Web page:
Today is the first day of my trip to San Francisco. I was talking with a friend recently about this trip, and it turned out that he and I would both be flying on the same day. At this moment, he is flying to Brussels.
“Brussels?” I exclaimed. “From London? That hardly warrants space travel”.
It was a braino, caused by reading too much Sci-Fi. Space travel is nearly what we do though. Today, my friend and I strapped ourselves into hulking winged submarines and stayed in the air thanks to aerodynamics and bastard noisy engines.
There is nothing more boring than transatlantic flight. At least putting in that little extra effort to make it into space would bring the benefit of weightlessness. I believe the big airlines would find a way around it though. Too dangerous. Consider ducking your head to avoid lumpy clouds of vomit. Imagine spilled drinks floating around in fizzy multi-coloured bubbles.
I am flying from London Heathrow to San Francisco direct on Virgin Atlantic. This flight will last for just over 10 hours. As I type this, I’m nearly half way through it. I managed this feat by employing a variety of time-wasting techniques. I ate the cute little cooked chicken dinner. It doesn’t really matter what the meal was, it was the chicken dish. It seems to always be a choice between chicken and salmon. Vegetarian if you requested it in advance. I also drank an appalling gin and tonic (no lemon and no ice. Foul). I watched an in-flight movie. I put in my complementary Virgin earplugs before covering them with my noise cancelling headphones (purchased last trip. The best $100 I ever spent) and having a bit of a nap. I woke up over Greenland and took some digital snaps. I walked aimlessly up and down this aisle. For a change of scenery I tried walking the other aisle too. I visited the toilet more often than I strictly needed to. Now I’m not sure how I’ll make it through the rest of the flight. Perhaps another film. There’s enough time for two. I once read all of Zen and the Art of Motorcycle Maintenance from cover to cover on a flight to Chicago. I once read Jurrasic Park in one sitting while waiting for a delayed flight in Greece. I think – when this turbulence calms down a bit – I might finish Iscaac Asimov’s Foundation.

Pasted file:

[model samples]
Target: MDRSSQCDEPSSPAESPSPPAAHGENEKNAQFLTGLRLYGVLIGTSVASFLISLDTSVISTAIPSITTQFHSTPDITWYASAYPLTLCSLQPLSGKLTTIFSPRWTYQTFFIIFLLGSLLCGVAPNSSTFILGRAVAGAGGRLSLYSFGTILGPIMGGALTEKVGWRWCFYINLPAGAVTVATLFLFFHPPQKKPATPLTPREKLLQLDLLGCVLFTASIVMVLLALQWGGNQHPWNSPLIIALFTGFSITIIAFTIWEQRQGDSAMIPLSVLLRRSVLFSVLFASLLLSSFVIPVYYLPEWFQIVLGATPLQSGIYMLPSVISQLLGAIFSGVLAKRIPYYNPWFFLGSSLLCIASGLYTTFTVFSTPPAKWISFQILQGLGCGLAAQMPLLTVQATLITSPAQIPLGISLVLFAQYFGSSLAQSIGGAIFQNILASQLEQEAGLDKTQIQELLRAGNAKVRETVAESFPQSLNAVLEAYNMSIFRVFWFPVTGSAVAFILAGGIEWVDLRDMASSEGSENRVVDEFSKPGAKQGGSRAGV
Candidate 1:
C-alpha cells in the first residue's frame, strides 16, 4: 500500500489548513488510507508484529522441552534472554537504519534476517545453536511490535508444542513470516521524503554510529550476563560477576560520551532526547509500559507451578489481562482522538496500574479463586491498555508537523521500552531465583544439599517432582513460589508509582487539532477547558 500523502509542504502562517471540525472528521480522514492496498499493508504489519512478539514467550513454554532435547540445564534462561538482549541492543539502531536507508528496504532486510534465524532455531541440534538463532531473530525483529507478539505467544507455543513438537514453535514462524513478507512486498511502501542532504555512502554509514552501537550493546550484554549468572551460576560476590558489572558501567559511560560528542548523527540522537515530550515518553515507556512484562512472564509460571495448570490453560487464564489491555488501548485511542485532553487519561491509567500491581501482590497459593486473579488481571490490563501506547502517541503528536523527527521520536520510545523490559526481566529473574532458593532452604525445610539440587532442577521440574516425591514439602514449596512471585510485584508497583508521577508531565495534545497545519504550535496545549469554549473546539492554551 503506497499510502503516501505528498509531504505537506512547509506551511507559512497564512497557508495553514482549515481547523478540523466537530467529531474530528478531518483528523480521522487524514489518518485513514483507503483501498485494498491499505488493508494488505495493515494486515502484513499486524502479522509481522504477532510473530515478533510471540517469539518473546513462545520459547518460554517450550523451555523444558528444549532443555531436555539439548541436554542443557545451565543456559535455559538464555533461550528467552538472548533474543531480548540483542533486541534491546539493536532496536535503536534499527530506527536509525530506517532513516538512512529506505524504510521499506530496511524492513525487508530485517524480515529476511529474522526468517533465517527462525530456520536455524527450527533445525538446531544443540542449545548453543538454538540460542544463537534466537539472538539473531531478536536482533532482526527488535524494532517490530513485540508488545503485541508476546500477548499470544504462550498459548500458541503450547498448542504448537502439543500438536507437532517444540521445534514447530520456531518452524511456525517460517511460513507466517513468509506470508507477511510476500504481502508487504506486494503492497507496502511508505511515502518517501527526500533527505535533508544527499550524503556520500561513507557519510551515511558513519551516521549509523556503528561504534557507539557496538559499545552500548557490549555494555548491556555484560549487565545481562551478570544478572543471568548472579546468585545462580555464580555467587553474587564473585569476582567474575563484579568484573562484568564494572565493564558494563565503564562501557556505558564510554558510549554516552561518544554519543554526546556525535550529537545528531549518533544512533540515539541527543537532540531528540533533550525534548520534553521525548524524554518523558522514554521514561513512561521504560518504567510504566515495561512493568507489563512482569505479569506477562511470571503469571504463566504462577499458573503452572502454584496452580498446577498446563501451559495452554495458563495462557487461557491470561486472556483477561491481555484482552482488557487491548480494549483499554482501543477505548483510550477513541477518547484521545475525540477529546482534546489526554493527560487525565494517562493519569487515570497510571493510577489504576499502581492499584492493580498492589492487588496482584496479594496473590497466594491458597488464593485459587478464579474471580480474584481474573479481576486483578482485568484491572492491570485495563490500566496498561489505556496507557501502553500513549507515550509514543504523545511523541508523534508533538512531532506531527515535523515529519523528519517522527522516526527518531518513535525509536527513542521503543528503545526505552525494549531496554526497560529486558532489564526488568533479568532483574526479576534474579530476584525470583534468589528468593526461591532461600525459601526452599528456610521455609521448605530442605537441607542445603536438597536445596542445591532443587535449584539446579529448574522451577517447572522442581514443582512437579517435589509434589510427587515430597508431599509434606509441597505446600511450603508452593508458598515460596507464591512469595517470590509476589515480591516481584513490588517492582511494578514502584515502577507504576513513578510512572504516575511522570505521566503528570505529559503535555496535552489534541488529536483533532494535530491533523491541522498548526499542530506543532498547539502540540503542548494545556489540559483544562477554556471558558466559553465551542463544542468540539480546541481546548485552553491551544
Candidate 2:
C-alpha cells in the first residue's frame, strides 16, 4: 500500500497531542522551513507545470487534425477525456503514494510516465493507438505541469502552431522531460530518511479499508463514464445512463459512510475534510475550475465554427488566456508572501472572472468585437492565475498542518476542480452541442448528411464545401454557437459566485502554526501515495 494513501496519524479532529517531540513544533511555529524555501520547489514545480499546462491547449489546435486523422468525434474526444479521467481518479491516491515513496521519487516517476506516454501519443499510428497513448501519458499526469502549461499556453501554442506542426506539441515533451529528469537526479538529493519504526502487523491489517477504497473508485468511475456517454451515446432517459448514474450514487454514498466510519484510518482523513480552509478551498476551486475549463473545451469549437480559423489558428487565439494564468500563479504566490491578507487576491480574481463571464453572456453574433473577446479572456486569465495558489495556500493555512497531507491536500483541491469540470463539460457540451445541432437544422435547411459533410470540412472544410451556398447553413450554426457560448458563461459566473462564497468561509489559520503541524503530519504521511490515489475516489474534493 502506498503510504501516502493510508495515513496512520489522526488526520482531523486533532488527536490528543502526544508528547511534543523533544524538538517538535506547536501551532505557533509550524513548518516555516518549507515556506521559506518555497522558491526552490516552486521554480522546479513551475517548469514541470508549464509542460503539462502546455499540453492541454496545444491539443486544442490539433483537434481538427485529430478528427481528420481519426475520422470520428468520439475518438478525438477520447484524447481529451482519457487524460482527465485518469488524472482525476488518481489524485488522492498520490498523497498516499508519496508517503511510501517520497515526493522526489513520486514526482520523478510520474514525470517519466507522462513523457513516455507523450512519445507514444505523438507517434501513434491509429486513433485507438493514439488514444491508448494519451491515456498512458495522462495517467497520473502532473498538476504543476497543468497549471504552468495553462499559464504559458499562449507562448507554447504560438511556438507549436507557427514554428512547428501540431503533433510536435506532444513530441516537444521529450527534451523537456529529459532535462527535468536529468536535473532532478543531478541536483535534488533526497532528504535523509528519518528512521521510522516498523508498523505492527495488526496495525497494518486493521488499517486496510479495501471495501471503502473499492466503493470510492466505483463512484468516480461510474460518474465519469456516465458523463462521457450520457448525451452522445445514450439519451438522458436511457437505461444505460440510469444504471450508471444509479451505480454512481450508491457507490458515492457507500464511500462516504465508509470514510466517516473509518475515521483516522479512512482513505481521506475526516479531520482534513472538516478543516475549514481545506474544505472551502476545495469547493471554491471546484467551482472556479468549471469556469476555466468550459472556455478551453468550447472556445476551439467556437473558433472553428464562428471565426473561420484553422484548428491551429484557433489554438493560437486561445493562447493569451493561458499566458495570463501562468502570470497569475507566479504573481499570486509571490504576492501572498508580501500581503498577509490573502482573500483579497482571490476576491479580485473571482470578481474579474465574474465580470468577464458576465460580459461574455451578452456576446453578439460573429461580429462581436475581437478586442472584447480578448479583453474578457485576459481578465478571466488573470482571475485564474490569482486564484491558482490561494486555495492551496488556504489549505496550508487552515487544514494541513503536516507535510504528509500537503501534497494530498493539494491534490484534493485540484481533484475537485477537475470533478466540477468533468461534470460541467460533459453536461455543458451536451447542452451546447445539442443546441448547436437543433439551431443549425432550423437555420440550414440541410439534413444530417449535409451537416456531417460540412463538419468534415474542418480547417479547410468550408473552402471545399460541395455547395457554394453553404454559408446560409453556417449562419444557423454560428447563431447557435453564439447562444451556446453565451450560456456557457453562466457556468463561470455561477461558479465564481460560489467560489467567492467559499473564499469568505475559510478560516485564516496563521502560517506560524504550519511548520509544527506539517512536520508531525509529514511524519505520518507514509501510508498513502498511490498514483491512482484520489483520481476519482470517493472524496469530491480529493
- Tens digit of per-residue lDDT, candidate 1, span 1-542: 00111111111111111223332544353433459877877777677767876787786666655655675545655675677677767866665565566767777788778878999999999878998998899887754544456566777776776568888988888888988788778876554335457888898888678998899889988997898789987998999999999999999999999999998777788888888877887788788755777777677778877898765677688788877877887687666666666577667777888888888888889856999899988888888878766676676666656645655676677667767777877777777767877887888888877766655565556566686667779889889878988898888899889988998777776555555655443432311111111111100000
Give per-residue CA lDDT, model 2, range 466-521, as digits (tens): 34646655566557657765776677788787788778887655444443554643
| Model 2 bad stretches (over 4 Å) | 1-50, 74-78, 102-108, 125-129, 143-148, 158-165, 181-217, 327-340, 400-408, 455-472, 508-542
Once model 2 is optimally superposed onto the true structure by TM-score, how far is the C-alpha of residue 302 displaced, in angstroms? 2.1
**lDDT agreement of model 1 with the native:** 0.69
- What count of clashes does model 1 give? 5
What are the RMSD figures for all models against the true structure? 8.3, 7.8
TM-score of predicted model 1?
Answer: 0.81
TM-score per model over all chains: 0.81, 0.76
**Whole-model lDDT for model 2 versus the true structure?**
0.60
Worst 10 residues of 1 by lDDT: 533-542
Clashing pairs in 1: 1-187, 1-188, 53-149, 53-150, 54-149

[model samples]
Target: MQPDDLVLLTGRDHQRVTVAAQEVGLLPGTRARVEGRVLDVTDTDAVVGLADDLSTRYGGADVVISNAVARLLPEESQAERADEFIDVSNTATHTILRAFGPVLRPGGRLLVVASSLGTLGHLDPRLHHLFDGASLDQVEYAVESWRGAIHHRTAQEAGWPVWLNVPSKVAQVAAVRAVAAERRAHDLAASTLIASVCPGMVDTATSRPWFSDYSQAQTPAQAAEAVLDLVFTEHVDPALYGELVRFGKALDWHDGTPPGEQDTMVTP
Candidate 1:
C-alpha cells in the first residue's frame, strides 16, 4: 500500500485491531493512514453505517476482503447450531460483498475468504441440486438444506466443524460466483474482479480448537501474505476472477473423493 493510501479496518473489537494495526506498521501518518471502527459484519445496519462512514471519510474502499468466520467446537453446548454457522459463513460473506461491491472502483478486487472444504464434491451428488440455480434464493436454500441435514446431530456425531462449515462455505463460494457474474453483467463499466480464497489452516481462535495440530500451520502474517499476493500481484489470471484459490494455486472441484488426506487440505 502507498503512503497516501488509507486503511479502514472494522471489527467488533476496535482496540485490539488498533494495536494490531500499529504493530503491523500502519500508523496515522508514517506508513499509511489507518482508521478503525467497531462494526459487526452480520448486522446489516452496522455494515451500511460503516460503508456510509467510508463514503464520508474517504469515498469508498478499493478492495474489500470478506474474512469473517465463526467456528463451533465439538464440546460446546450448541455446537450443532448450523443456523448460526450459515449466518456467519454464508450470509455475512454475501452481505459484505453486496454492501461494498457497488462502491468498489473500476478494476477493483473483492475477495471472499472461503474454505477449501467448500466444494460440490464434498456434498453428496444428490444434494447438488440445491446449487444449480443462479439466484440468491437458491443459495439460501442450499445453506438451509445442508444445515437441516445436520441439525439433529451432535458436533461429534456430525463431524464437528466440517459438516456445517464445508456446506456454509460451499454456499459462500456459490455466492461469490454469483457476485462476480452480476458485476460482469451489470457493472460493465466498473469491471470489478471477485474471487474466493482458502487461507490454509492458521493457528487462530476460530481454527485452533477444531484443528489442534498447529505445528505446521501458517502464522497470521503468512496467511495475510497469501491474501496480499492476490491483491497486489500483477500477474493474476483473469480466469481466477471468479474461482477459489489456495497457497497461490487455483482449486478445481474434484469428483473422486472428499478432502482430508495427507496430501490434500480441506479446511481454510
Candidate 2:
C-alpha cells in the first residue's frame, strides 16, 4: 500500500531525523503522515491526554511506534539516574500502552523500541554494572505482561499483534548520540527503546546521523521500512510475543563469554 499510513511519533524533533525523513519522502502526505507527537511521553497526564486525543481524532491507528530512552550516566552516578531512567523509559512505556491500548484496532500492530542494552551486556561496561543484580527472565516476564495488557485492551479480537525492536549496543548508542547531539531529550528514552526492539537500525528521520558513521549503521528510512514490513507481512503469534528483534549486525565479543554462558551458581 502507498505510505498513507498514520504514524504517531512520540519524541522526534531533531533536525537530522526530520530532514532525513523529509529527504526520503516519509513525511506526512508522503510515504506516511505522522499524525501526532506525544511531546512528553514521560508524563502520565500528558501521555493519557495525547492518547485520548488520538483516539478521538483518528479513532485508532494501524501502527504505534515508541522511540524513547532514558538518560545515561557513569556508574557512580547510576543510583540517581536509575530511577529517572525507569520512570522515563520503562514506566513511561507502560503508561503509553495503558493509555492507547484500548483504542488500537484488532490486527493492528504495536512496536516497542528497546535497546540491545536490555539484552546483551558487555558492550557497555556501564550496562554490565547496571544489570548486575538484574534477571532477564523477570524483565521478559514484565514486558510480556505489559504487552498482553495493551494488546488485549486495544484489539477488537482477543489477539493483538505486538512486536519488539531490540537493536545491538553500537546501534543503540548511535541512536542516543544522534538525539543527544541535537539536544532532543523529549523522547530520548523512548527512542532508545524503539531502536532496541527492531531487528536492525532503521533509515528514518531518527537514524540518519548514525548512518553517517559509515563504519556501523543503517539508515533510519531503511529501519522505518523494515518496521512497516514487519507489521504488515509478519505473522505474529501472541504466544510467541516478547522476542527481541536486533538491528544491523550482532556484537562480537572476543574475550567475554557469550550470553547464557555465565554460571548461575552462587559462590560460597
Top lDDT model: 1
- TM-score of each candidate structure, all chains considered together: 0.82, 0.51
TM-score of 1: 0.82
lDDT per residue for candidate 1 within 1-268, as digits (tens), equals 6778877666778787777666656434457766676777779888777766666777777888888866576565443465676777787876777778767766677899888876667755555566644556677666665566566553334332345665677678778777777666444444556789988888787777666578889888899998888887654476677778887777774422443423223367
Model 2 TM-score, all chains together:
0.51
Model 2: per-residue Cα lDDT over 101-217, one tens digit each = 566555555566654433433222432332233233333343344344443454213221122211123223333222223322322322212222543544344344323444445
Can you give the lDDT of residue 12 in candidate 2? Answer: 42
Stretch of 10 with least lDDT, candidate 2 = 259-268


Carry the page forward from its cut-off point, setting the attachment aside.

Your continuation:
This is my first flight on Virgin. Work usually makes me fly American Airlines, which nearly always hub in Chicago. Flying direct is much better. The only thing more boring than transatlantic flight is waiting for two hours in O’Hare. For such a busy airport it is grossly and unnecessarily dull.
At 6′ 4″, I am pretty tall. Whenever I arrive at a check-in desk I stand as tall as I can. It reminds me of buying booze at various pubs and off-licences aged 17. Then I always got away with it. These days the check-in staff usually take pity on me and put me in a bulkhead or emergency exit seat. The extra legroom is very much appreciated. As an added bonus I get to chat with one or two of the flight crew at takeoff and landing. They have these neat little fold-out seats which face the able-bodied passengers sitting next to the emergency exits. Today’s stewardess really obviously enjoys her job. Today she is working a 10 hour flight to San Francisco where she will make a two day stopover. She’s already planning to visit Macy’s. For the past six months the jet-lag has been getting to her. Virgin Atlantic doesn’t fly short distances. They go to various destinations in the US plus Hong Kong, Barbados… all places with 6 or 8 hour time differences. Two days is not long enough to acclimatize. She suffers two nights of insomnia in the US, the two in the UK. This pattern is really getting to her. She looks exhausted. I hope she gets the transfer to ground crew for which she’s applied.
My trip will last four nights. Almost enough time to get properly used to living on Pacific time before flying back on Thursday. I’ve heard that most people’s body clocks are capable of shifting one hour per day, but that travelling East is worst. I think I recover a little faster than that, but it’s an interesting rule of thumb.
I’m considering living on a much more Eastern timezone while I’m in California. If I go to sleep at 8 pm and wake up at 3 or 4 in the morning then I might return to normal twice as quickly. It’s a good plan and I’ve always talked about doing it. The other benefit, for the frequent business traveller, is that you are also able to work more closely with your colleagues in the UK. That doesn’t affect me this week though. My colleagues are well aware that I’ve abandoned them for a week.